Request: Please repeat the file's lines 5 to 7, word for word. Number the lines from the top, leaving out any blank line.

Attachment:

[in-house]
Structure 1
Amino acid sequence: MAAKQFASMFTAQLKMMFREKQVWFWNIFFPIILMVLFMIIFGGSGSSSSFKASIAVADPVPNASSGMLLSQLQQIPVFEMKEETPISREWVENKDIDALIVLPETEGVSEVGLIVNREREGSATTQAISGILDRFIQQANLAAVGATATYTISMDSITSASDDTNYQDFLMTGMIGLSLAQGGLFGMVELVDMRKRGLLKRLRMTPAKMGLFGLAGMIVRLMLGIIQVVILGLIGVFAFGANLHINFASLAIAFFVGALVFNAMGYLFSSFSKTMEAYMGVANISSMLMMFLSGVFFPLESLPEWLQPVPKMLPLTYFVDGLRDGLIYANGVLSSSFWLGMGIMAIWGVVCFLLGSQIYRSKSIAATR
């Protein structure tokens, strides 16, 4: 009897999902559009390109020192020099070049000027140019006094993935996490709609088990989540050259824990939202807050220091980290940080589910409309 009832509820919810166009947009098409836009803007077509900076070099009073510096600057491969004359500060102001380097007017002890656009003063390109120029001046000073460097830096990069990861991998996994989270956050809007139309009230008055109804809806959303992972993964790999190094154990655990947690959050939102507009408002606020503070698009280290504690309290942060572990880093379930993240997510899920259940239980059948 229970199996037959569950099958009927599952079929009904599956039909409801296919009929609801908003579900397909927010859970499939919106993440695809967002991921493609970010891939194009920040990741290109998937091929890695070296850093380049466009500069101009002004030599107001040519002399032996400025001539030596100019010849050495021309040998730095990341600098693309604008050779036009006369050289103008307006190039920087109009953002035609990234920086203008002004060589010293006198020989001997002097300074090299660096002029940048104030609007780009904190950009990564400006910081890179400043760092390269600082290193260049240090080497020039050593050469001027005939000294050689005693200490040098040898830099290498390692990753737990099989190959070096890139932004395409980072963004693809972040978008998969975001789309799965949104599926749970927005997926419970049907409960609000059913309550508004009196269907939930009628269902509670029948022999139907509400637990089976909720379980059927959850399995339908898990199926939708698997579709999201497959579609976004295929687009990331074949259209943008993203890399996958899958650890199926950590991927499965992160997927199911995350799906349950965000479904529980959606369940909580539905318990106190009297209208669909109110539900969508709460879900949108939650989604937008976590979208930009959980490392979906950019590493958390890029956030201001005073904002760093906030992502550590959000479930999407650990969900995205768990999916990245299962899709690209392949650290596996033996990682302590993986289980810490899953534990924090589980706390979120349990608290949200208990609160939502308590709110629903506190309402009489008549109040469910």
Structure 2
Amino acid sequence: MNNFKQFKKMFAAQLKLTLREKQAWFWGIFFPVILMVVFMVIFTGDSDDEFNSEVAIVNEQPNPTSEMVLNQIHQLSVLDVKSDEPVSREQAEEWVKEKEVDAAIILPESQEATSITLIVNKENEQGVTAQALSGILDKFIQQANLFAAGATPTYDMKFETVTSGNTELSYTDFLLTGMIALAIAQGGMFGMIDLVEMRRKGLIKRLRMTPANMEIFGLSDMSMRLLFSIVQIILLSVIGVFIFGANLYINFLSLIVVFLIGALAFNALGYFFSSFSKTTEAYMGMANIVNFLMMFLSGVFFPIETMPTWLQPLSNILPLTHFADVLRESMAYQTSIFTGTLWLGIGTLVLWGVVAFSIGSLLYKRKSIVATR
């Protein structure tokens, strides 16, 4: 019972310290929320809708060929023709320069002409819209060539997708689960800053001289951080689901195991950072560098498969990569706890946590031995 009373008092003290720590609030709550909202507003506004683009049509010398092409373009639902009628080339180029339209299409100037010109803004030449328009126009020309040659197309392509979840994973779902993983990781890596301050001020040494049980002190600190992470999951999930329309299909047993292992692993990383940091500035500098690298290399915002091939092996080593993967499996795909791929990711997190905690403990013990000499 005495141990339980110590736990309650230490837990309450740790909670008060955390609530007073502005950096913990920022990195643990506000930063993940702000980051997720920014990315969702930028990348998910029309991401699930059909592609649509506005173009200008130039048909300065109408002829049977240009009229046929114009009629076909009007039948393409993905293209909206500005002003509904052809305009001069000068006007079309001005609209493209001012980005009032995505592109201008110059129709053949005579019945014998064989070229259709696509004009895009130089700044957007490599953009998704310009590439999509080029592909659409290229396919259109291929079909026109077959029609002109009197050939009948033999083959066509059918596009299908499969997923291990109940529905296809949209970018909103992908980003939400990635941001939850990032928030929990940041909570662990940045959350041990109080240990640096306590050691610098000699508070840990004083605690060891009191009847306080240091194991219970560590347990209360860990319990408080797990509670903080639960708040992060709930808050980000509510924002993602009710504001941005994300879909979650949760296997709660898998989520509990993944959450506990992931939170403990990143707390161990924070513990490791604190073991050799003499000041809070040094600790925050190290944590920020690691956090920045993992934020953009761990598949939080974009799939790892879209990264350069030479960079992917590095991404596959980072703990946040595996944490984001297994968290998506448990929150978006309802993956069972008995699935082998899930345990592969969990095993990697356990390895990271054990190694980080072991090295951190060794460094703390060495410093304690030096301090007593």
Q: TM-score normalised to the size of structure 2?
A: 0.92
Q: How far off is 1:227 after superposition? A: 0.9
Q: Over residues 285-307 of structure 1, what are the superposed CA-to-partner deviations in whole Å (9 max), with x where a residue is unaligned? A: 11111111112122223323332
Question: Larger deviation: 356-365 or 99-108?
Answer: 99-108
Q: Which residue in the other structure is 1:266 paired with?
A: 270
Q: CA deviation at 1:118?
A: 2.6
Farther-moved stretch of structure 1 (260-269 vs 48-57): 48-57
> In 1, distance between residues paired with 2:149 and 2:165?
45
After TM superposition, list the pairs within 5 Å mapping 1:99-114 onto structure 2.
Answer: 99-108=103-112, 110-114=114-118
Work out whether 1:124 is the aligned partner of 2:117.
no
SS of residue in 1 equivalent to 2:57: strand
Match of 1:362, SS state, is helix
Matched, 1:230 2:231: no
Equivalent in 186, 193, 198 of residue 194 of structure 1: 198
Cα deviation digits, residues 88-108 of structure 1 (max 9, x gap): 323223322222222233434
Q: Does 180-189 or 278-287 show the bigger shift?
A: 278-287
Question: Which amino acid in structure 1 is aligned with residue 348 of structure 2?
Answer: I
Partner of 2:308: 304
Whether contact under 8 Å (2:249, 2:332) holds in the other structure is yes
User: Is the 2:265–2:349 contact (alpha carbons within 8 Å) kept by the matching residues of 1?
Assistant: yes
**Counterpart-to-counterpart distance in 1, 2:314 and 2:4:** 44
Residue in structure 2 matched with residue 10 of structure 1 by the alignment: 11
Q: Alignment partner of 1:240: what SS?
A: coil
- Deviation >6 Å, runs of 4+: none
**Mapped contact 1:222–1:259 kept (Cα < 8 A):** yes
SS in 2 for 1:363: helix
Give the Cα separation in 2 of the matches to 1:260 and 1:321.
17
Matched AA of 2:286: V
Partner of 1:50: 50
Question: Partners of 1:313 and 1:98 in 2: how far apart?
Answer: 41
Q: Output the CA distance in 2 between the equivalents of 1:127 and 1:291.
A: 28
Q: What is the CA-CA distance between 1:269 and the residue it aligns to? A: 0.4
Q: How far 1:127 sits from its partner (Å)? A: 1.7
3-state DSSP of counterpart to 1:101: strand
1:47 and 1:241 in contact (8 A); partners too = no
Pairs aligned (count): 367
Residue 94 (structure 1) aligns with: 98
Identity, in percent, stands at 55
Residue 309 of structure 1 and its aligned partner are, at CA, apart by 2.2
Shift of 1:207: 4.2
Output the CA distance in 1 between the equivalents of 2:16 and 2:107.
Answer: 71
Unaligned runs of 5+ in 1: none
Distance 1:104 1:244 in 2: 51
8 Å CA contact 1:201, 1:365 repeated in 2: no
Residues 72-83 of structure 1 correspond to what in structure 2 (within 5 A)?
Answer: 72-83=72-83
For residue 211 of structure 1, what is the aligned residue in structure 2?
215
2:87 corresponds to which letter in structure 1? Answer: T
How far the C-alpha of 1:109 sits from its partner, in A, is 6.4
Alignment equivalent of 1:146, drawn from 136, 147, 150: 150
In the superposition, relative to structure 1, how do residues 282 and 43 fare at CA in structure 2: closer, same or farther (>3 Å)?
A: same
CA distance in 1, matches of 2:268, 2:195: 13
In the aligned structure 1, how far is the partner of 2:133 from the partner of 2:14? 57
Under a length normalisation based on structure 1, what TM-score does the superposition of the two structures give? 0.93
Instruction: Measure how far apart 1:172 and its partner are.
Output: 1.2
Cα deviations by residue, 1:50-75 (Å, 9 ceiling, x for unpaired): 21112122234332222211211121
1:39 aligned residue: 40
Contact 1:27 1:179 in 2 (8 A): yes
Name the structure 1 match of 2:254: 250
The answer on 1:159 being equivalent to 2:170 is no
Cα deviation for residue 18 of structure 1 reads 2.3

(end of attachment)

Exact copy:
Structure 2
Amino acid sequence: MNNFKQFKKMFAAQLKLTLREKQAWFWGIFFPVILMVVFMVIFTGDSDDEFNSEVAIVNEQPNPTSEMVLNQIHQLSVLDVKSDEPVSREQAEEWVKEKEVDAAIILPESQEATSITLIVNKENEQGVTAQALSGILDKFIQQANLFAAGATPTYDMKFETVTSGNTELSYTDFLLTGMIALAIAQGGMFGMIDLVEMRRKGLIKRLRMTPANMEIFGLSDMSMRLLFSIVQIILLSVIGVFIFGANLYINFLSLIVVFLIGALAFNALGYFFSSFSKTTEAYMGMANIVNFLMMFLSGVFFPIETMPTWLQPLSNILPLTHFADVLRESMAYQTSIFTGTLWLGIGTLVLWGVVAFSIGSLLYKRKSIVATR
């Protein structure tokens, strides 16, 4: 019972310290929320809708060929023709320069002409819209060539997708689960800053001289951080689901195991950072560098498969990569706890946590031995 009373008092003290720590609030709550909202507003506004683009049509010398092409373009639902009628080339180029339209299409100037010109803004030449328009126009020309040659197309392509979840994973779902993983990781890596301050001020040494049980002190600190992470999951999930329309299909047993292992692993990383940091500035500098690298290399915002091939092996080593993967499996795909791929990711997190905690403990013990000499 005495141990339980110590736990309650230490837990309450740790909670008060955390609530007073502005950096913990920022990195643990506000930063993940702000980051997720920014990315969702930028990348998910029309991401699930059909592609649509506005173009200008130039048909300065109408002829049977240009009229046929114009009629076909009007039948393409993905293209909206500005002003509904052809305009001069000068006007079309001005609209493209001012980005009032995505592109201008110059129709053949005579019945014998064989070229259709696509004009895009130089700044957007490599953009998704310009590439999509080029592909659409290229396919259109291929079909026109077959029609002109009197050939009948033999083959066509059918596009299908499969997923291990109940529905296809949209970018909103992908980003939400990635941001939850990032928030929990940041909570662990940045959350041990109080240990640096306590050691610098000699508070840990004083605690060891009191009847306080240091194991219970560590347990209360860990319990408080797990509670903080639960708040992060709930808050980000509510924002993602009710504001941005994300879909979650949760296997709660898998989520509990993944959450506990992931939170403990990143707390161990924070513990490791604190073991050799003499000041809070040094600790925050190290944590920020690691956090920045993992934020953009761990598949939080974009799939790892879209990264350069030479960079992917590095991404596959980072703990946040595996944490984001297994968290998506448990929150978006309802993956069972008995699935082998899930345990592969969990095993990697356990390895990271054990190694980080072991090295951190060794460094703390060495410093304690030096301090007593």